• Lower energy supply, due to cutbacks in production and lack of new investment
  • Lower food supply, due to inadequate fertilizer and broken supply lines
  • Much defaulting of debt
  • Pension plans that reduce or stop payments because of debt-related problems
  • Falling prices of stock
  • Defaults on derivatives

[3] My analysis shows how important increased energy consumption has been to economic growth over the last 200 years. Energy consumption per capita has been growing during this entire period, except during times of serious economic distress.

Figure 4. World energy consumption from 1820-2010, based on data from Appendix A of Vaclav Smil’s Energy Transitions: History, Requirements and Prospects and BP Statistical Review of World Energy for 1965 and subsequent. Wind and solar energy are included in “Biofuels.”

Figure 4 shows the amazing growth in world energy consumption between 1820 and 2010. In the early part of the period, the energy used was mostly wood burned as fuel. In some parts of the world, animal dung was also used as fuel. Gradually, other fuels were added to the mix.

Figure 5. Estimated average annual increase in world energy consumption over 10-year periods using the data underlying Figure 4, plus similar additional data through 2020.

Figure 5 takes the same information shown in Figure 4 and calculates the average approximate annual increase in world energy consumption over 10-year periods. A person can see from this chart that the periods from 1951-1960 and from 1961-1970 were outliers on the high side. This was the time of rebuilding after World War II. Many families were able to own a car for the first time. The US highway interstate system was begun. Many pipelines and electricity transmission lines were built. This building continued into the 1971-1980 period.

Figure 6. Same chart as Figure 5, except that the portion of economic growth that was devoted to population growth is shown in blue at the bottom of each 10-year period. The amount of growth in energy consumption “left over” for improvement in the standard of living is shown in red.

Figure 6 displays the same information as Figure 5, except that each column is divided into two pieces. The lower (blue) portion represents the average annual growth in population during each period. The part left over at the top (in red) represents the growth in energy consumption that was available for increases in standard of living.

Figure 7. The same information displayed in Figure 6, displayed as an area chart. Blue areas represent average annual population growth percentages during these 10-year periods. The red area is determined by subtraction. It represents the amount of energy consumption growth that is “left over” for growth in the standard of living. Captions show distressing events during periods of low increases in the portion available to raise standards of living.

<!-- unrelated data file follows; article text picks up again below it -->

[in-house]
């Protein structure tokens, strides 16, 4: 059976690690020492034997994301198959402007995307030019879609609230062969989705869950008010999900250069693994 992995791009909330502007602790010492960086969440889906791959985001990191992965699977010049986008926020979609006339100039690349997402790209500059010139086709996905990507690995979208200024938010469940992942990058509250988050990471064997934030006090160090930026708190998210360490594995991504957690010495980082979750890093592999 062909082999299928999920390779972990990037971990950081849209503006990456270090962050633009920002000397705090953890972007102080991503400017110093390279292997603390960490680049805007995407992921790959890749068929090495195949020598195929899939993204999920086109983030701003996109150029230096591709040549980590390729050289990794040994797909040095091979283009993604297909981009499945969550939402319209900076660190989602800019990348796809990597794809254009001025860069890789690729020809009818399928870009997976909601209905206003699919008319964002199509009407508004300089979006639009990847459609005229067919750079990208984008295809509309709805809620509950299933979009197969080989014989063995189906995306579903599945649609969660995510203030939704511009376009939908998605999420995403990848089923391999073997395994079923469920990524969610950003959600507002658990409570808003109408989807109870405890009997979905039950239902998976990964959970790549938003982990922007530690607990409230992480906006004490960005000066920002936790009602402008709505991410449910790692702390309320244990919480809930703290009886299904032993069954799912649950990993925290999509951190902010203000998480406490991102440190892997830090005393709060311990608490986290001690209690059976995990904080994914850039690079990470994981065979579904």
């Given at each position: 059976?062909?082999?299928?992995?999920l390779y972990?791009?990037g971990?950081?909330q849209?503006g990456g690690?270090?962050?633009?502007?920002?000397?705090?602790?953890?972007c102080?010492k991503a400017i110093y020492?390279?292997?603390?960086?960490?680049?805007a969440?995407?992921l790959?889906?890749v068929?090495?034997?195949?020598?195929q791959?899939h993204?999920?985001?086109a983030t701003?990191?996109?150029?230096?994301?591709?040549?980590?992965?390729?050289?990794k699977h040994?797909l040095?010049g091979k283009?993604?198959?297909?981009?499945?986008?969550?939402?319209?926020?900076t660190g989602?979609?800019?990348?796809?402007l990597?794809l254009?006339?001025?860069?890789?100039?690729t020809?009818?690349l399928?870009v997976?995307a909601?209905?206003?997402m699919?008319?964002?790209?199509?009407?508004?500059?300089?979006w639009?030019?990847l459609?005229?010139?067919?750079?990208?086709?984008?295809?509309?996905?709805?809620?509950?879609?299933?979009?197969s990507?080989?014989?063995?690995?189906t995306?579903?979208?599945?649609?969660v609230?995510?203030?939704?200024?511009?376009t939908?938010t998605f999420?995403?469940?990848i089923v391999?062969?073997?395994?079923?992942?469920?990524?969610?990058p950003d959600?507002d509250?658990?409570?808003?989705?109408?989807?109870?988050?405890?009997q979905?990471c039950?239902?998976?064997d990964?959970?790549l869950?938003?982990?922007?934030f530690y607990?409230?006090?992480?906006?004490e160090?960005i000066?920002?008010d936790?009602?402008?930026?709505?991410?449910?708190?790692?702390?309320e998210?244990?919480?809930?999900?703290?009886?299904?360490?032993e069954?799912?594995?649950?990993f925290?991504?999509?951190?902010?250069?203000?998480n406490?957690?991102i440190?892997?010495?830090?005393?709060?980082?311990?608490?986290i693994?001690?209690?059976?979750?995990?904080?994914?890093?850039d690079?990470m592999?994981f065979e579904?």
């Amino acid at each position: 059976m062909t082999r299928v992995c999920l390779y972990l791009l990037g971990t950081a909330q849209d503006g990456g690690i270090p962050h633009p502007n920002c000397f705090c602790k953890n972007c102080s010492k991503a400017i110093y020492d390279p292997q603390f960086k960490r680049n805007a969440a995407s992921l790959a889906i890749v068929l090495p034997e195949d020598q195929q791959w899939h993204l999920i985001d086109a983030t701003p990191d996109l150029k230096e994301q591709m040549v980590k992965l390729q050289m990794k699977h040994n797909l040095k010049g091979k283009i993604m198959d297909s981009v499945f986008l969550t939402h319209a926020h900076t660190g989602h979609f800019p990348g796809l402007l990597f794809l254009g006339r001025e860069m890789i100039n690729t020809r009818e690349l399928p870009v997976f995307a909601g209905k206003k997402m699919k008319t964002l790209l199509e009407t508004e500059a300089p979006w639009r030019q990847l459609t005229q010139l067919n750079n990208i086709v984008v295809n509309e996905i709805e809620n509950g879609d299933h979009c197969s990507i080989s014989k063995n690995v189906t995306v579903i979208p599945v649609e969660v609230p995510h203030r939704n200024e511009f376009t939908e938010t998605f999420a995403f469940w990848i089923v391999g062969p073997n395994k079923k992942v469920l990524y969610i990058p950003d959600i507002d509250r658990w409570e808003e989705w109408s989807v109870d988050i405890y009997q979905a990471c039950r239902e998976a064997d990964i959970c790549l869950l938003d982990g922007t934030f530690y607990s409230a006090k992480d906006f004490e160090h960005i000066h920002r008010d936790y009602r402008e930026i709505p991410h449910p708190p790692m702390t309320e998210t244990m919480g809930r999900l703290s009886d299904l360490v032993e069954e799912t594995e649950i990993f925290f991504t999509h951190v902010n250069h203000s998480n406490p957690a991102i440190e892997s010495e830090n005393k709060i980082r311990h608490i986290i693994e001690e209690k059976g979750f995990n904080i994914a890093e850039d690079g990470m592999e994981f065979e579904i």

Figure 7 shows the same information as Figure 6, displayed as an area chart. I have also shown some of the distressing events that happened when growth in population was, in effect, taking up essentially all of energy consumption growth. The world economy could not grow normally. There was a tendency toward conflict. Unusual events would happen during these periods, including the collapse of the central government of the Soviet Union and the restrictions associated with the COVID pandemic.

The economy is a self-organizing system that behaves strangely when there is not enough inexpensive energy of the right types available to the system. Wars tend to start. Layers of government may disappear. Strange lockdowns may occur, such as the current restrictions in China.

[4] The energy situation at the time of rising interest rates in the 1960 to 1980 period was very different from today.

If we define years with high inflation rates as those with inflation rates of 5% or higher, Figure 8 shows that the period with high US inflation rates included nearly all the years from 1969 through 1982. Using a 5% inflation cutoff, the year 2021 would not qualify as a high inflation rate year.

Figure 8. US inflation rates, based on Table 1.1.4 Price Index for Gross Domestic Product, published by the US Bureau of Economic Analysis.

It is only when we look at annualized quarterly data that inflation rates start spiking to high levels. Inflation rates have been above 5% in each of the four quarters ended 2022-Q1. Trade problems related to the Ukraine Conflict have tended to add to price pressures recently.

Figure 9. US inflation rates, based on Table 1.1.4 Price Index for Gross Domestic Product, published by the US Bureau of Economic Analysis.

Underlying these price spikes are increases in the prices of many commodities. Some of this represents a bounce back from artificially low prices that began in late 2014, probably related to the discontinuation of US QE3 (See Figure 2). These prices were far too low for producers. Coal and natural gas prices have also needed to rise, as a result of depletion and prior low prices. Food prices are also rising rapidly, since food is grown and transported using considerable quantities of fossil fuels.